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Chinese FM official urges more global cooperation on nuclear safety

By Hou Liqiang | chinadaily.com.cn | Updated: 2018-03-28 19:44

A senior Foreign Ministry official called for enhanced cooperation in nuclear safety at a high-level international conference in Beijing on Wednesday.

Wang Qun, director general of the ministry's Department of Arms Control, made the appeal during the fifth Asia-Europe Meeting Seminar on Nuclear Safety, saying that "a nuclear accident anywhere has an impact everywhere".

The three-day event is being attended by almost 200 representatives from international organizations and at least 20 ASEM member states.

Wang said the nuclear industry has resumed growth momentum in recent years as it steps out of the shadow of the 2011 Fukushima disaster in Japan, and has played an increasingly significant role in ensuring energy supply, mitigating climate change and achieving sustainable development.

Yet he said both Asia and Europe face a series of nuclear safety challenges, including traditional issues stemming from natural hazards and aging facilities, as well as new risks from cyberattacks.

"National governance should always prepare for future risks," he said. "Today Asian and European countries may adopt different policies on nuclear energy, but there is unanimous consensus on enhancing nuclear safety.

"We hope this seminar will provide a platform for Asian and European countries to deepen policy exchanges and practical collaboration, making the nuclear power industry a new field of Asia-Europe cooperation, thus contributing to a New Asia Europe Partnership."

He called for nations to work together to deal with nuclear safety challenges, adding that "one country can hardly handle a nuclear accident alone".

Participants were expected to discuss opportunities and challenges in nuclear safety, nuclear power supervision, technical capability and emergency management procedures during the seminar, which is themed "Translating Commitments into Actions - Addressing Nuclear Safety Challenges in the 21st Century".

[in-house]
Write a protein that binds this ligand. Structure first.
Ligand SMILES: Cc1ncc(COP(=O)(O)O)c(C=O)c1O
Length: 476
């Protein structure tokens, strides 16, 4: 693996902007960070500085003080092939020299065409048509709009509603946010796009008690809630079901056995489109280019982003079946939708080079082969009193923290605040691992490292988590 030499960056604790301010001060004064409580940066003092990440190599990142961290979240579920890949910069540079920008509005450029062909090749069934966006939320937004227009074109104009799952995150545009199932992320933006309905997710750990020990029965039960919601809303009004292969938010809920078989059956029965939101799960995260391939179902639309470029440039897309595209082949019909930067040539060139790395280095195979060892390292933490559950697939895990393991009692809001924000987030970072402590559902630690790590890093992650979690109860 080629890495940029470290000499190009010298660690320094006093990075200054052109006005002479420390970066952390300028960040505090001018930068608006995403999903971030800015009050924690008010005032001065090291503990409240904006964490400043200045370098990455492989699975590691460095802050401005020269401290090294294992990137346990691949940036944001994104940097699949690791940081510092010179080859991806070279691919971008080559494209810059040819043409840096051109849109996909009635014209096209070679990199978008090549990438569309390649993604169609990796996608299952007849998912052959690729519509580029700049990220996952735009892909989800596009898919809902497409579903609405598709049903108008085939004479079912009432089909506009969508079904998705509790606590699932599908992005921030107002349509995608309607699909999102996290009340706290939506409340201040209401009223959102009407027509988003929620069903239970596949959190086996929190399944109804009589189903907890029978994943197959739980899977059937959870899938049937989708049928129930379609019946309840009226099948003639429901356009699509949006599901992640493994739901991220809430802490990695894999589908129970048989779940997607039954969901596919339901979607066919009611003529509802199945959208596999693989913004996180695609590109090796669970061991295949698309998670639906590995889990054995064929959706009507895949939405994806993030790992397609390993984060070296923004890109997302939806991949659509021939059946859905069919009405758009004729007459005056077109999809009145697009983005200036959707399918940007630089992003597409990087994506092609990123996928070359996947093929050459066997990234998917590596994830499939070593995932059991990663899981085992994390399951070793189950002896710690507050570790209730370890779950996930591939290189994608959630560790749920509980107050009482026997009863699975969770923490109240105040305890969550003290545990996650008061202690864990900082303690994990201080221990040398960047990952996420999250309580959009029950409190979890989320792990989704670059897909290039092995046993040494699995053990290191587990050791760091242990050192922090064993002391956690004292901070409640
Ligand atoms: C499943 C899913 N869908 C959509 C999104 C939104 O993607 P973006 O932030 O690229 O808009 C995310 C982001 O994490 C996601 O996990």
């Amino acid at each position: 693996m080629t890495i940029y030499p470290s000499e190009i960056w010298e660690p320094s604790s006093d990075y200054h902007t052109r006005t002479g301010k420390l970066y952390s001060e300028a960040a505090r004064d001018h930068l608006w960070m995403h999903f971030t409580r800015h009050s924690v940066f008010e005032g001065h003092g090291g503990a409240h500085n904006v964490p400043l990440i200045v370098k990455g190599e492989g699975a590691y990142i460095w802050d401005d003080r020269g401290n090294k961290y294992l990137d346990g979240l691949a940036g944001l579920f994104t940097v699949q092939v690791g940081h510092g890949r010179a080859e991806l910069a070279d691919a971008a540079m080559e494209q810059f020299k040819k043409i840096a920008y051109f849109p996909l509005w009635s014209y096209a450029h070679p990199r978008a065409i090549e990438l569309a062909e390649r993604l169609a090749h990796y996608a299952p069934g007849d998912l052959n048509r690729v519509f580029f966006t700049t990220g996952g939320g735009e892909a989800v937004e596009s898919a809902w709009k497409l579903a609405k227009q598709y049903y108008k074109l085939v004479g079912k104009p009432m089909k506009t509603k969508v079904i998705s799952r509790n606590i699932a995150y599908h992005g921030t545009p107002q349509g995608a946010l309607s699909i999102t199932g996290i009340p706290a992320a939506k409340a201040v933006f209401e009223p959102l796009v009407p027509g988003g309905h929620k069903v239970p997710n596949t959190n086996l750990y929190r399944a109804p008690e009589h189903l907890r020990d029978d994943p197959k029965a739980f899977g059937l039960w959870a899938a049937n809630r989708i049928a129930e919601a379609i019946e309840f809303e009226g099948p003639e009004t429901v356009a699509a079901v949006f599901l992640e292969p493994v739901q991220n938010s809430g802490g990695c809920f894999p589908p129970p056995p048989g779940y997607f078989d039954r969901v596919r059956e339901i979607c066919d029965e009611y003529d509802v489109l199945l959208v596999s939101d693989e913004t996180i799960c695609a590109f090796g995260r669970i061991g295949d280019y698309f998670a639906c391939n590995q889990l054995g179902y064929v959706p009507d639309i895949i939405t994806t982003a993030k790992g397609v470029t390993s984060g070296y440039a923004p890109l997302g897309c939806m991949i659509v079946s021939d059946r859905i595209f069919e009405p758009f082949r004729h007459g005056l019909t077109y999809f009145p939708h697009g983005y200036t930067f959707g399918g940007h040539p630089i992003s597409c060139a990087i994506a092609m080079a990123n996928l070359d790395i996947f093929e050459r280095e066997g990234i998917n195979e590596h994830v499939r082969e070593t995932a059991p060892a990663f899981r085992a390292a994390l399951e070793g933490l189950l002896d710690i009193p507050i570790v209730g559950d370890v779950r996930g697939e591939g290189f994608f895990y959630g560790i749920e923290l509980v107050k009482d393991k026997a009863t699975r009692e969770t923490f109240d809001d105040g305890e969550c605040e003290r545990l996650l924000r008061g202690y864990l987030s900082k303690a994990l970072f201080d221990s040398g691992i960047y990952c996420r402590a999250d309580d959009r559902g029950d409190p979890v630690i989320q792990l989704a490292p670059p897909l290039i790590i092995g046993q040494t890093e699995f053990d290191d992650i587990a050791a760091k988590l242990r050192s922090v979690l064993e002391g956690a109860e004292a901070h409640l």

Wang said enhanced technological innovation between Asia and Europe is needed as well as wider and deeper cooperation in the nuclear power industry.

"Only when technological development stays several steps ahead of potential risks can accidents be effectively prevented," he added.

Juan Carlos Lentijo, deputy director general of the International Atomic Energy Agency, agreed that the world faces many nuclear security challenges.

"Some countries are expanding the use of nuclear power, and others are introducing nuclear power," he said. "This brings more low-carbon electricity, but also presents new challenges for regulators, as well as creating more radioactive waste and spent fuel that must be managed safely."

He noted that the increasing use of nuclear technologies in agricultural, medical and industrial applications brings increased medical and occupational exposure, and heightens challenges related to the safety and security of radioactive sources.

"It's important to note that international environmental bodies also widely recognize that nuclear energy-related activities imply special challenges," said Kestutis Kudzmanas, Lithuania's ambassador-at-large for energy security policy and transport strategy. "They trigger great public concern and can lead to significant transboundary and long-range adverse environmental impacts.

"It's with true satisfaction that we note that the discussions on nuclear safety remain high on the ASEM agenda, and China has taken leadership over the continuity of this format tradition," he said.

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